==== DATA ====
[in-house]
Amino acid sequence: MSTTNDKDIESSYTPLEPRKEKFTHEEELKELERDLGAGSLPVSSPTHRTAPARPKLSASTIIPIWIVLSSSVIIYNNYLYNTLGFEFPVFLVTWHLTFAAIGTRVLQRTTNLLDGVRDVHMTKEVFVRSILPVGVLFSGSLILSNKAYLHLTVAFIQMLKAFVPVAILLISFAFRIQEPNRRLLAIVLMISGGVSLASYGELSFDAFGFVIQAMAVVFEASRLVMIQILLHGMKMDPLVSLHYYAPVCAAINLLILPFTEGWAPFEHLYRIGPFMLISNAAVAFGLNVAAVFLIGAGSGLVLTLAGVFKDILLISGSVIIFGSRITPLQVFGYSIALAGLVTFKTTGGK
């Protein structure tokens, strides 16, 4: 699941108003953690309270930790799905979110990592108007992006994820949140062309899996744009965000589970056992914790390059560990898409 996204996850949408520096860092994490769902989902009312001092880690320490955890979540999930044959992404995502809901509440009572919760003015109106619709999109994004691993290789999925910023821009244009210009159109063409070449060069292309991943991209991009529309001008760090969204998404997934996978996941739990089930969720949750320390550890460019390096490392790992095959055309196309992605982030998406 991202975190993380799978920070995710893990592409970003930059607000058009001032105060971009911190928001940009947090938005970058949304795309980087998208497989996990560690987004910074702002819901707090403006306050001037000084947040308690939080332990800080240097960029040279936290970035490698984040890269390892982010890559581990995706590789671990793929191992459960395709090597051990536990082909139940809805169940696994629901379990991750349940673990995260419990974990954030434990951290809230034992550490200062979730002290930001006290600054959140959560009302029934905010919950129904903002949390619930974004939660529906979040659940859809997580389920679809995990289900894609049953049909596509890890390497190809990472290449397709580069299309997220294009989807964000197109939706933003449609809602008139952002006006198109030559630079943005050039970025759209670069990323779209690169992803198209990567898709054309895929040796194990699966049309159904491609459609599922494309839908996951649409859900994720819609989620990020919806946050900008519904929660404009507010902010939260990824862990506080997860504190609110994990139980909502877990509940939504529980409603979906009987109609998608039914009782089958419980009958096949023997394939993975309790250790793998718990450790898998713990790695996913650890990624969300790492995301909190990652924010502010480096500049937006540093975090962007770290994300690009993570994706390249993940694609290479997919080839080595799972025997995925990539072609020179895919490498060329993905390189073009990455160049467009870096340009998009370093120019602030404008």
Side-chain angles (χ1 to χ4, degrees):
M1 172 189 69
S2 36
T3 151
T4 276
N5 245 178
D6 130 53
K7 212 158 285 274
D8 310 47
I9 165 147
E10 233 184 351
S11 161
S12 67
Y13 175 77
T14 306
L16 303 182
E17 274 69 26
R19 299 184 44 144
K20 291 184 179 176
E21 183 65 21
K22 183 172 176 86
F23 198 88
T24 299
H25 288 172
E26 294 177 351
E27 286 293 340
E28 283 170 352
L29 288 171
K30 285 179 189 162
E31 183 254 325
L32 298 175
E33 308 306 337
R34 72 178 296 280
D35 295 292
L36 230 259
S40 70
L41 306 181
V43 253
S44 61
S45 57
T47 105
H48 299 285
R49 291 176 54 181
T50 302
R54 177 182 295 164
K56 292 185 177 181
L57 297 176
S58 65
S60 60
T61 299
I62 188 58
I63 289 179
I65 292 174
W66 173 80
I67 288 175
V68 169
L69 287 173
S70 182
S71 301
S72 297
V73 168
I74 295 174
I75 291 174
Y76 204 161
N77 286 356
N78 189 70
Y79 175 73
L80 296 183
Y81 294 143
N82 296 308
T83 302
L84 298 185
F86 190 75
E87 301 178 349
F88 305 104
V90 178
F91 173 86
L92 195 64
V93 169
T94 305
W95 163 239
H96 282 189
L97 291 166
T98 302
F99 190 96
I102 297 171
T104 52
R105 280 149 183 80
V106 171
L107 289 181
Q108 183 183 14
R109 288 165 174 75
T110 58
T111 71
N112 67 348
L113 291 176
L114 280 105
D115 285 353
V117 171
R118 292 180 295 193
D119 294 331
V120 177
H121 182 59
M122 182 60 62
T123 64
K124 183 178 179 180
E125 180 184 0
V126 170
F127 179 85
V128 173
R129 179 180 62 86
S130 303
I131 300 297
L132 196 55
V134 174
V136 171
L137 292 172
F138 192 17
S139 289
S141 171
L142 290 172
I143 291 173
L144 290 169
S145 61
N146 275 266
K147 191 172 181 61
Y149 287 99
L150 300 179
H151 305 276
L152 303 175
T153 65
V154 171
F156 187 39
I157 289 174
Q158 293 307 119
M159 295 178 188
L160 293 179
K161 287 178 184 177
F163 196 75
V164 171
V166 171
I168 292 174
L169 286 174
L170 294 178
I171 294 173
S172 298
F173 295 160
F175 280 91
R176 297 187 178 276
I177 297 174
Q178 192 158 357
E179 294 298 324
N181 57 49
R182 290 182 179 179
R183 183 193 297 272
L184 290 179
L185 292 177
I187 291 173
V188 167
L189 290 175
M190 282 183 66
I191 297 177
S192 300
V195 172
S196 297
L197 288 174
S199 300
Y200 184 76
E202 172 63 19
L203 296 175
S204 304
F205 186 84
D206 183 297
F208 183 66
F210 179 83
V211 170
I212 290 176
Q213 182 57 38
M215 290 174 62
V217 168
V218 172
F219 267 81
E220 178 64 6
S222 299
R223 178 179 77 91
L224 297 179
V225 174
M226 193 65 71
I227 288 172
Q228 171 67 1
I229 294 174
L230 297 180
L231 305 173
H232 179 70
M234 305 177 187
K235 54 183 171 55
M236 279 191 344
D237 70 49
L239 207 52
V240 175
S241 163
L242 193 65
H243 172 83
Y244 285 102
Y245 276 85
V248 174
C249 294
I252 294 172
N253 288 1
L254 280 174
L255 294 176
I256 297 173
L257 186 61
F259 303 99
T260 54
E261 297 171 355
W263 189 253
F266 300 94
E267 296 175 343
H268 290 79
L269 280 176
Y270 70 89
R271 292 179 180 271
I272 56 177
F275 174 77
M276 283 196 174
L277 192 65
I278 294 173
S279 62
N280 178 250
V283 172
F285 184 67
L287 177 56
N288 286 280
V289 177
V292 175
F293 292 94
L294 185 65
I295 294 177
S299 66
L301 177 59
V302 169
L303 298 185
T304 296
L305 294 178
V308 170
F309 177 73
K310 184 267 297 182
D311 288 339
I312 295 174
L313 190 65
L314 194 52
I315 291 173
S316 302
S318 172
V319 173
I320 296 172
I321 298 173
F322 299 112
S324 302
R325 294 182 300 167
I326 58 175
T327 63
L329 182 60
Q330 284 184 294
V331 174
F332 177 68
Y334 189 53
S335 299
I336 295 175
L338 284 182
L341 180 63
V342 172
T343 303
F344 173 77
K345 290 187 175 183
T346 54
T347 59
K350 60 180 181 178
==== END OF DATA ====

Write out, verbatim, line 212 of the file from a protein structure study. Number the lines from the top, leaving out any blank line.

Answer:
N253 288 1